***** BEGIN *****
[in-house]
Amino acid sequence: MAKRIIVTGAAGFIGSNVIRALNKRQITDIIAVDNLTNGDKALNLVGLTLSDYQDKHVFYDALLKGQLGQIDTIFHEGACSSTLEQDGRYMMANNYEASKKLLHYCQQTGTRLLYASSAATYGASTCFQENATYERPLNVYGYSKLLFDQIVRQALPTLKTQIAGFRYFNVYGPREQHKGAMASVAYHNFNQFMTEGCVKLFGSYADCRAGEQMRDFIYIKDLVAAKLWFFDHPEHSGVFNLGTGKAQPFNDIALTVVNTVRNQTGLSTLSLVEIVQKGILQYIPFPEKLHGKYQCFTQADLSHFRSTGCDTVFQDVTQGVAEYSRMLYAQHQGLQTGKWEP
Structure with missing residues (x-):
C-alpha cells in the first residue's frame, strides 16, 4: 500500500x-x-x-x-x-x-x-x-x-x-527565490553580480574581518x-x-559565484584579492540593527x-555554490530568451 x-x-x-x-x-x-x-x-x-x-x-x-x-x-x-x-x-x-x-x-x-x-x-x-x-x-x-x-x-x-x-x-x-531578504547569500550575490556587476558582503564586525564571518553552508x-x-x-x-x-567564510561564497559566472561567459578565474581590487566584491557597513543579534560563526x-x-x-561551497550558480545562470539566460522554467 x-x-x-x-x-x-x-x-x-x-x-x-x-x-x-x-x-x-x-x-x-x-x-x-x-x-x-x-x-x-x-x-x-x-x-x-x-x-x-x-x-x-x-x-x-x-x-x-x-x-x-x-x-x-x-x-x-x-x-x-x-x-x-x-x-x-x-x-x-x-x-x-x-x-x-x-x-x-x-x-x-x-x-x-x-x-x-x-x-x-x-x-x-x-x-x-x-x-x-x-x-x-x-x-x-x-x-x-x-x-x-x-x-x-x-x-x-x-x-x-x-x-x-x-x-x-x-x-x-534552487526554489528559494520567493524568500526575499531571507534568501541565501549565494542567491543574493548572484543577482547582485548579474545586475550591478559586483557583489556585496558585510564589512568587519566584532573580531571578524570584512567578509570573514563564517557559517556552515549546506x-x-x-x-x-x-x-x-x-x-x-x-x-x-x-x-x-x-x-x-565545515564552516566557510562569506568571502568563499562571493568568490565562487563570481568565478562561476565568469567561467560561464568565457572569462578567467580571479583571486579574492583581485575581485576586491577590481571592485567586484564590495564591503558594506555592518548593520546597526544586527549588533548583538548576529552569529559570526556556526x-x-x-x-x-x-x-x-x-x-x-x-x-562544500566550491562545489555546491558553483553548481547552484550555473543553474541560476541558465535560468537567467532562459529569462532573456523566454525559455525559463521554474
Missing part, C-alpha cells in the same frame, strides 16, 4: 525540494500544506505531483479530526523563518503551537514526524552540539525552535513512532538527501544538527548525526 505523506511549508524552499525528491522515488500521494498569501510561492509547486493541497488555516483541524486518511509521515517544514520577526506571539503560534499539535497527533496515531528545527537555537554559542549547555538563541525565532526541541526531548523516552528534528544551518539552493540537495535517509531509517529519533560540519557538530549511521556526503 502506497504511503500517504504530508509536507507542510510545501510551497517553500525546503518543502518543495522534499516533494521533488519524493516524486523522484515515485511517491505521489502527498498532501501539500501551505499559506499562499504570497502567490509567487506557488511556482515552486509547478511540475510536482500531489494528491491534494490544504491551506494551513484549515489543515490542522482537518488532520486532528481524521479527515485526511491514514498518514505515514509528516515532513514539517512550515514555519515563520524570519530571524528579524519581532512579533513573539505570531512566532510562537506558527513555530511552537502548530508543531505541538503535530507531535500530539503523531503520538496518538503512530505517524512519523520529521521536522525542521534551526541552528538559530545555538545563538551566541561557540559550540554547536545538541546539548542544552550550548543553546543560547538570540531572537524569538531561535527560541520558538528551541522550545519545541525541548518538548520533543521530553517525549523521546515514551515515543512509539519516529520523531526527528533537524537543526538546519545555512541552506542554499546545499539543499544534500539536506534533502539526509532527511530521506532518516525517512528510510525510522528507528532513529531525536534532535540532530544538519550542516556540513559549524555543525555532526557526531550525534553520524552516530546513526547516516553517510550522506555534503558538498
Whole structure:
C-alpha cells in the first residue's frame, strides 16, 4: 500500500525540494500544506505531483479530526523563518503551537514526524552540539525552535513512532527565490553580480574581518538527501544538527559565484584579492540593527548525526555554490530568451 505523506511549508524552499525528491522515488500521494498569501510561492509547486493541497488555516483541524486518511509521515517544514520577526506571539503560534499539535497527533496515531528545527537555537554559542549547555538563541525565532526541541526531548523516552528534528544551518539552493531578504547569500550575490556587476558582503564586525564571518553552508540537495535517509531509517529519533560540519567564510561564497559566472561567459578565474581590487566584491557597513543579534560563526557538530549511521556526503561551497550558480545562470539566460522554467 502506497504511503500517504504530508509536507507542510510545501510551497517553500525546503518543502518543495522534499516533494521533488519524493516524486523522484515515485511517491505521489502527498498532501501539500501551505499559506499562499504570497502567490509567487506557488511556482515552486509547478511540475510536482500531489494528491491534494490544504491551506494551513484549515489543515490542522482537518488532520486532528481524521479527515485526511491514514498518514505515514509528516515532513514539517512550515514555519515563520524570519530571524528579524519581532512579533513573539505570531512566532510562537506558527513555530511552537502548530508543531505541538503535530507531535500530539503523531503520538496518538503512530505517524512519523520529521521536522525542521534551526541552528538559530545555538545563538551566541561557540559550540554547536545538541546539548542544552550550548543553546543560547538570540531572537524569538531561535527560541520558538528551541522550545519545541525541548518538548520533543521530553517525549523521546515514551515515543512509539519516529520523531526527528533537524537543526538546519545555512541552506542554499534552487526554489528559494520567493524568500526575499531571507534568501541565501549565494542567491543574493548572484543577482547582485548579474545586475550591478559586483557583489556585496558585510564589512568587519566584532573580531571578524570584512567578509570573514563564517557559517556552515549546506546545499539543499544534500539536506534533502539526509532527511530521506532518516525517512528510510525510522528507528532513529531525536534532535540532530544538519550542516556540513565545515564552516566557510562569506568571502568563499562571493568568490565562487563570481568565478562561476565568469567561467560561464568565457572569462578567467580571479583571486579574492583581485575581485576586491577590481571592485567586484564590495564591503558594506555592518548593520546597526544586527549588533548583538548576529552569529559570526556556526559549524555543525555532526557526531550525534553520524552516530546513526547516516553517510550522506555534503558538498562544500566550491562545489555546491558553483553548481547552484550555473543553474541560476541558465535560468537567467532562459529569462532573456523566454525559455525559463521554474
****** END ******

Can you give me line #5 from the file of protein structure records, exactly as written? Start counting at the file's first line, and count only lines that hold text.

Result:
Missing part, C-alpha cells in the same frame, strides 16, 4: 525540494500544506505531483479530526523563518503551537514526524552540539525552535513512532538527501544538527548525526 505523506511549508524552499525528491522515488500521494498569501510561492509547486493541497488555516483541524486518511509521515517544514520577526506571539503560534499539535497527533496515531528545527537555537554559542549547555538563541525565532526541541526531548523516552528534528544551518539552493540537495535517509531509517529519533560540519557538530549511521556526503 502506497504511503500517504504530508509536507507542510510545501510551497517553500525546503518543502518543495522534499516533494521533488519524493516524486523522484515515485511517491505521489502527498498532501501539500501551505499559506499562499504570497502567490509567487506557488511556482515552486509547478511540475510536482500531489494528491491534494490544504491551506494551513484549515489543515490542522482537518488532520486532528481524521479527515485526511491514514498518514505515514509528516515532513514539517512550515514555519515563520524570519530571524528579524519581532512579533513573539505570531512566532510562537506558527513555530511552537502548530508543531505541538503535530507531535500530539503523531503520538496518538503512530505517524512519523520529521521536522525542521534551526541552528538559530545555538545563538551566541561557540559550540554547536545538541546539548542544552550550548543553546543560547538570540531572537524569538531561535527560541520558538528551541522550545519545541525541548518538548520533543521530553517525549523521546515514551515515543512509539519516529520523531526527528533537524537543526538546519545555512541552506542554499546545499539543499544534500539536506534533502539526509532527511530521506532518516525517512528510510525510522528507528532513529531525536534532535540532530544538519550542516556540513559549524555543525555532526557526531550525534553520524552516530546513526547516516553517510550522506555534503558538498